Thursday, January 12, 2012

Mormons excommunicated me for racial views - but I have no problems with Romney's Mormonism

Mormonism should not be a disqualifier for presidential candidates. I would never vote for Mitt Romney in a million years, but only uninformed voters would vote against him because of his religion. I say this as an excommunicated Mormon who is now a solid atheist.
Tonight, I am writing about something a little lot different: religion and politics. I knew the attacks against either Mitt Romney or Jon Huntsman, on the basis of religion, were just a matter of time. Although I am not privy to the whispering campaigns among Republicans, I am very sorry to see that MSNBC’s The Ed Show started it on the left tonight, as Ed and his guest questioned whether Romney had some sort of residual racism.
Despite my rocky attempts to adjust to the church’s teachings, and my even rockier departure from the Church of Jesus Christ of Latter Day Saints the Mormons I admire the tenets of Mormon life. I found that those tenets of service to others, humanitarian aid, good citizenship, and a strong family life were strong guideposts for the private and community lives of most of the people I knew while I was living among them. A Mormon who tries to live up to those tenets has a strong plus in his or her favor, in my opinion.
I’ve briefly written about my time as a member of the Church of Jesus Christ of Latter Day Saints. (See After My Attempted Suicides…) I wrote about meeting the missionaries when I was 18 years old, and how one of those missionaries was by my side to help – to save my life? a couple years later, after I attempted my first drug overdose.
In the earlier posting, I was kind of flippant about why I converted, but my decision to join the church wasn’t frivolous. I prayed long and hard about it. Looking back now, I think that after a childhood with a violent and alcoholic father, and after listening to a lifetime of fighting between my parents – as they each constantly accused the other of being insane – I was primed for the lifestyle offered by the Mormons, where strong family support is a preeminent tenet of the religion. I fell in love with the idea of the family we didn’t have.
The problem I eventually found with the LDS Church in the 1970s was with one of their beliefs. Their racial belief.
After a couple of months as a new Mormon in Detroit in 1971, I got engaged to a young man who was on the two-year mission required of all young men who want to progress in the church. I moved to Salt Lake City to wait for him to finish his mission. I tried, I really tried, to fit in to the Mormon way of life. I was attending University of Utah, and I met a wonderful professor, Dr. J.D. Williams, who took me under his wing and helped me adjust to the Mormon customs.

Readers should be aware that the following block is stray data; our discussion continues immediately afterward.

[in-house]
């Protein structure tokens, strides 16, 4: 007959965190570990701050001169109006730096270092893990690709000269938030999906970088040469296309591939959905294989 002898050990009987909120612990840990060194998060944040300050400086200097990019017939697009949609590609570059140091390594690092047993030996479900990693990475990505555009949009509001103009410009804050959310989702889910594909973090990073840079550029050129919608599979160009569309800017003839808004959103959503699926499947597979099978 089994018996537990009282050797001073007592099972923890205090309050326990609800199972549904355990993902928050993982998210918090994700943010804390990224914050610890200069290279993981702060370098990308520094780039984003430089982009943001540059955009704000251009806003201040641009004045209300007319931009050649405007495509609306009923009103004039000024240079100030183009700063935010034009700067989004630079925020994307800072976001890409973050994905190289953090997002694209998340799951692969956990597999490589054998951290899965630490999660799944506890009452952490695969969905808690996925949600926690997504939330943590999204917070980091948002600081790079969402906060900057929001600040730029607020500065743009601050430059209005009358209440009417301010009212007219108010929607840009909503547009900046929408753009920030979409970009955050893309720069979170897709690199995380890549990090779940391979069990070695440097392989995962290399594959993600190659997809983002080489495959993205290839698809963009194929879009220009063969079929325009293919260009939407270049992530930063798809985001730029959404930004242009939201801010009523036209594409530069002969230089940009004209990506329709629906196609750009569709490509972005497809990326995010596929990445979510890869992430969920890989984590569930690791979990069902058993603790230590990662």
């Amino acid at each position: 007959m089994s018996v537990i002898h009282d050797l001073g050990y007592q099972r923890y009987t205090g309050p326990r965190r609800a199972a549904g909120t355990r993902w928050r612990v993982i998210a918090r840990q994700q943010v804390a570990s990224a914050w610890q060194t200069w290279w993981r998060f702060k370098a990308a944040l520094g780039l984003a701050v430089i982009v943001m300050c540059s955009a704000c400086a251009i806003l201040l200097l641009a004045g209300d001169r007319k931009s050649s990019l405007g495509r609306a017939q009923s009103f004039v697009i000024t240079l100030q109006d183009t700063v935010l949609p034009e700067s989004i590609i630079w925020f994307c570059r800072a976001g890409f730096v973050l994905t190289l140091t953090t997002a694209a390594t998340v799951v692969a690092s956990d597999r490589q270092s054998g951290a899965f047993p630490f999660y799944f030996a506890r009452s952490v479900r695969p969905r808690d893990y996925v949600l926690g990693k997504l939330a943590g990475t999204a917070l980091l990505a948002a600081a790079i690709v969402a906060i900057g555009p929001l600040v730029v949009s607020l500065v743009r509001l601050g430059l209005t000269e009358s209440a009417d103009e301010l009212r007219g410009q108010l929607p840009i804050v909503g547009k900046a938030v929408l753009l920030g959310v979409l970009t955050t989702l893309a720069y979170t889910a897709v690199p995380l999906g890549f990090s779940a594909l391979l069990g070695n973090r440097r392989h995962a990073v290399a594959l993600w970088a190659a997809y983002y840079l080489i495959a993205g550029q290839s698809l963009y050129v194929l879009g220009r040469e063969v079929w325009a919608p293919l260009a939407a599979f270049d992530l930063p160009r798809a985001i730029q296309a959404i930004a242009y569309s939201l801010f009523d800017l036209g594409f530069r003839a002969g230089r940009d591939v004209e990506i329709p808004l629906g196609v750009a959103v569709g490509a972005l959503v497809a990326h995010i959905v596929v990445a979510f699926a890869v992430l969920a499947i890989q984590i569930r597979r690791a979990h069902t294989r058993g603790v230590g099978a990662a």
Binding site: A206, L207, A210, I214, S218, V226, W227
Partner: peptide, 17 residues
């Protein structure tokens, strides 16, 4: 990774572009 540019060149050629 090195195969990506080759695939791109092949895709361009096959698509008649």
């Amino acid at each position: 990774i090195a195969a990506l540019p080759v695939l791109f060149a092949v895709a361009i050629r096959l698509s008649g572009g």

Despite J.D.’s heroic efforts in my assimilation attempt, I was soon in a political tussle with the Mormons. It was very simple. I was appalled to discover that they did not allow blacks to hold the priesthood. That’s not priest as most people know the clergy. In the LDS Church, every “worthy” male is encouraged to enter a sort of civilian priesthood, so that he can conduct the religious rituals of his family, the community, and the church. Most of the Mormon white men walking the streets of Salt Lake City are priests, as is Mitt Romney. For 130 years, however, the Mormons didn’t consider “men of African descent” as worthy to hold the priesthood. See, there was a pre-earth war in heaven between God’s angels, with Satan on one side, and Jesus on the other. According to what church teachers told me, African-Americans were born with a dark skin to show the rest of us that they sat on the fence during that war and didn’t come to Jesus’ side. (They changed that belief in 1978, after God gave new priesthood criteria to the Church prophet. I was just five years ahead of the revelation.)
I argued with local church leaders. Surely they didn’t think that? (Um, did I really think they were going to listen to 21-year-old me, rather than take guidance from their prophet of God? Ah, it was wonderful to be young and omniscient!) They wouldn’t budge, so I asked for excommunication. That’s a major step, the worst punishment, and the leaders in my particular congregation (called a “stake”) told me there was no way they would do that. They wanted to counsel me instead. I didn’t want counseling that sanctioned discrimination, so I wrote a letter (filled with the passion of the young) to the editor of the University of Utah’s student newspaper.
January 26, 1973
Editor,
Of all the communities in this country that I have visited, I’ve never heard as much rhetoric about freedom (alias “free agency”) as I have in this valley.
I was baptized a Mormon two years ago. During that time, I have attended church activities, institute classes and other functions of the church. Also, I have come to the realization that their racist and blasphemous teachings are outrageously false. Yet despite my petitions and supplications, the church refuses to excommunicate me. I have requested a Bishop’s court (the legal procedure for excommunication) but I was told I must rape 40 men and hold up a bank before my request would be considered. And this church passes itself off as being Christian!
I hope this letter is printed so I can declare to the leaders of the LDS Church that I know this is not the church of Christ. I would warn those people investigating the church to remember that as soon as you are dunked in the water (baptized?) you are proclaiming your racist and bigoted attitudes to the world and to God.